7. Gilded HMV soundbox (probably 5A or 5B considering the automatic brake rather than the universal brake)

If anyone is in possession of these gilded components (more common nickel or chrome screws are fine too) and is willing to sell them please PM me.

More updates will come once point 1. will be completed.


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 Post subject: Re: HMV model 102 deluxe
PostPosted: Sat Oct 24, 2020 1:10 pm 
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Victor VI
An analogue relic trapped in a digital world.
Joined: Mon Oct 24, 2011 1:21 pm
Posts: 3502
Location: The Somerset Levels, UK.
My 102 De Luxe was also a bargain, £50 from a general auction in pre-internet days.

The red leather is paper thin, and nowhere near as durable as red leathercloth. My 102 had small areas of leather completely missing. I filled these areas level with leather restoring paste before treating the exterior of the case with red shoe cream. I then disguised the filled areas with replica luggage labels obtainable on eBay.

Fortunately the interior was in excellent condition, so I have no experience of cleaning the gilded components, but I understand that the gilding is also very thin and easily removed. The soundbox is a 5A and the autobrake is of the later design. Here it is :


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 Post subject: Re: HMV model 102 deluxe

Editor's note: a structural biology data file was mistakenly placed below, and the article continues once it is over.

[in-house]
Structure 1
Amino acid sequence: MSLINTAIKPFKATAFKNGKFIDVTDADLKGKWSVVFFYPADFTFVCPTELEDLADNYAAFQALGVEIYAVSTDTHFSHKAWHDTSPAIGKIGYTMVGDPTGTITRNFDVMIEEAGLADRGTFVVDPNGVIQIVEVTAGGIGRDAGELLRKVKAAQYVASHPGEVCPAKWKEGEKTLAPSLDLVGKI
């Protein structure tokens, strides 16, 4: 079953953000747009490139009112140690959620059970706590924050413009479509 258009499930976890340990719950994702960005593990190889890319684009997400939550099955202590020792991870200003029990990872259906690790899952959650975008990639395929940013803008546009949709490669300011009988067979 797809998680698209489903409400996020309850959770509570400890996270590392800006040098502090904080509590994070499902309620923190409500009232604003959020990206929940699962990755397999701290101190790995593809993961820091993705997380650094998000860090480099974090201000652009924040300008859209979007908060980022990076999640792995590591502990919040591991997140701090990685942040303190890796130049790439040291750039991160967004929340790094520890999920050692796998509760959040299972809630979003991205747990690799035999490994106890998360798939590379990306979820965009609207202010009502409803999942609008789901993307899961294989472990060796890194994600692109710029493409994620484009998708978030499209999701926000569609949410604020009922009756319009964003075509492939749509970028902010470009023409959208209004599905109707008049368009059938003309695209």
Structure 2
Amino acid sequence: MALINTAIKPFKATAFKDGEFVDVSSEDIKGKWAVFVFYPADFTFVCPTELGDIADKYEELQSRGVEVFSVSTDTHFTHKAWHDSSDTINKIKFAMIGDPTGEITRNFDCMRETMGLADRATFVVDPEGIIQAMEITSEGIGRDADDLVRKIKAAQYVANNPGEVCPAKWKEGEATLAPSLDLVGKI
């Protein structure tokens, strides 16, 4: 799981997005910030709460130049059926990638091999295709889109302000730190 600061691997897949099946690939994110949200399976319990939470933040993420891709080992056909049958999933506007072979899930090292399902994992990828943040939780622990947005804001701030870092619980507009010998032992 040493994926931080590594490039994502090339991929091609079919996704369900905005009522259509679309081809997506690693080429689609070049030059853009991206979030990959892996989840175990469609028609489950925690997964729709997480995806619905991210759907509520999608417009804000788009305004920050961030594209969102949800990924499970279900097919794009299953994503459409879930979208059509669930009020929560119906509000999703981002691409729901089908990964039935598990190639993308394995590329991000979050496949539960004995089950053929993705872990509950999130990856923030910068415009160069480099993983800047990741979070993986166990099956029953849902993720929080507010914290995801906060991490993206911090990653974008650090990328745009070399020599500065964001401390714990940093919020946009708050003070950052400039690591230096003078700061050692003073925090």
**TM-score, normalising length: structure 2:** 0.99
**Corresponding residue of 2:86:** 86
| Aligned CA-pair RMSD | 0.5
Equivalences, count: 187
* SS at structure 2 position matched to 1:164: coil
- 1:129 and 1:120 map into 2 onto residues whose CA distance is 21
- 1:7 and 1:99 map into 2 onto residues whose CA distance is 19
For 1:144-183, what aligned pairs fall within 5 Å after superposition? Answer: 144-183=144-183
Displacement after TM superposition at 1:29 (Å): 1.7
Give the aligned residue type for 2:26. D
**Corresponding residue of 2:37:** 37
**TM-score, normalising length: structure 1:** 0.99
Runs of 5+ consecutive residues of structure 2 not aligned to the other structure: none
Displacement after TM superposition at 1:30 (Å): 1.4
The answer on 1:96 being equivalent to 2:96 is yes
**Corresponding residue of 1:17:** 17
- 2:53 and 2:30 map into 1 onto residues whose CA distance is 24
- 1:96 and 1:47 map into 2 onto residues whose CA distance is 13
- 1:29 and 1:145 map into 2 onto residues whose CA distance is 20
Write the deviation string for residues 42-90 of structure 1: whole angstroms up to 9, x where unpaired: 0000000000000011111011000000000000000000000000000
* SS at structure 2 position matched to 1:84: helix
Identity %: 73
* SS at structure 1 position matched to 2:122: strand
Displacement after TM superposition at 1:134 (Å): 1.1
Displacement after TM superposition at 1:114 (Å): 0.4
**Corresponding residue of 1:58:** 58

PostPosted: Sat Oct 24, 2020 2:07 pm 
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Victor III
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Joined: Thu Jun 13, 2019 1:58 am
Posts: 730
Location: My gramophone repair room
Was it only the HMV 102 that came in a De Luxe edition?


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 Post subject: Re: HMV model 102 deluxe
PostPosted: Sat Oct 24, 2020 3:28 pm 
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Victor IV
Joined: Sun Jul 08, 2012 1:06 pm
Posts: 1554
There was a red-leather-with-gold-hardware version of the 101, as well.

I’ve got one, missing its crank and with sadly faded and scarred (now pink) leather exterior. I tried moving the color back towards red with various shoe creams and leather cleaners, but no luck. It sounds great (I have a crank that works but isn’t gold), so it’s ok as is.

Perhaps someday I’ll send it to Florida to have gold leaf applied to its entire exterior, but in the meantime it looks and sounds great - while open!


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 Post subject: Re: HMV model 102 deluxe
PostPosted: Sun Oct 25, 2020 5:33 am 
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Victor VI
An analogue relic trapped in a digital world.
Joined: Mon Oct 24, 2011 1:21 pm